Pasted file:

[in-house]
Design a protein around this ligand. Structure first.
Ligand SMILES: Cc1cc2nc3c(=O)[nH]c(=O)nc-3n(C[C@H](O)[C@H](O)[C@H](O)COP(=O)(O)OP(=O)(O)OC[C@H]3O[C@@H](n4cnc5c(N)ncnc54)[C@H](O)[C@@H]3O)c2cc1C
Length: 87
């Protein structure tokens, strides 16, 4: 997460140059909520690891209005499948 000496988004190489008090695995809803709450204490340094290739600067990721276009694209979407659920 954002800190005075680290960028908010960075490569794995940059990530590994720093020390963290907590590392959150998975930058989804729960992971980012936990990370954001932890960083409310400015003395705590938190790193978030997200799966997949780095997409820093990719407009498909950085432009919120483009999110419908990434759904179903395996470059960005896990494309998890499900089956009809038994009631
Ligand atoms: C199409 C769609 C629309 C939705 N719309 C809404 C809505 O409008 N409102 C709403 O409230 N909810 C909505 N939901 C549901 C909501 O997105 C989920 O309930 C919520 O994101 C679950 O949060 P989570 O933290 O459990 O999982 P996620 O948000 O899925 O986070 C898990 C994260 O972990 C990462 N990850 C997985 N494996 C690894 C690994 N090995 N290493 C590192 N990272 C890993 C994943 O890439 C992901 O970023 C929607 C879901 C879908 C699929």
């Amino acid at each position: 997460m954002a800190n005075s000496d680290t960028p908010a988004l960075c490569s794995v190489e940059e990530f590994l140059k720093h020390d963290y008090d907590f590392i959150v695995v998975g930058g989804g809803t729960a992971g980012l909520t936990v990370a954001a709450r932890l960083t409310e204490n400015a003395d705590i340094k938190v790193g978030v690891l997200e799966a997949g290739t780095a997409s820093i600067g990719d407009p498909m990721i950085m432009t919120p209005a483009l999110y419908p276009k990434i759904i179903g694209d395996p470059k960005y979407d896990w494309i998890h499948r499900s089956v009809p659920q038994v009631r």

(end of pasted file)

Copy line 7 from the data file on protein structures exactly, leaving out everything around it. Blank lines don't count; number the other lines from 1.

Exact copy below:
């Amino acid at each position: 997460m954002a800190n005075s000496d680290t960028p908010a988004l960075c490569s794995v190489e940059e990530f590994l140059k720093h020390d963290y008090d907590f590392i959150v695995v998975g930058g989804g809803t729960a992971g980012l909520t936990v990370a954001a709450r932890l960083t409310e204490n400015a003395d705590i340094k938190v790193g978030v690891l997200e799966a997949g290739t780095a997409s820093i600067g990719d407009p498909m990721i950085m432009t919120p209005a483009l999110y419908p276009k990434i759904i179903g694209d395996p470059k960005y979407d896990w494309i998890h499948r499900s089956v009809p659920q038994v009631r």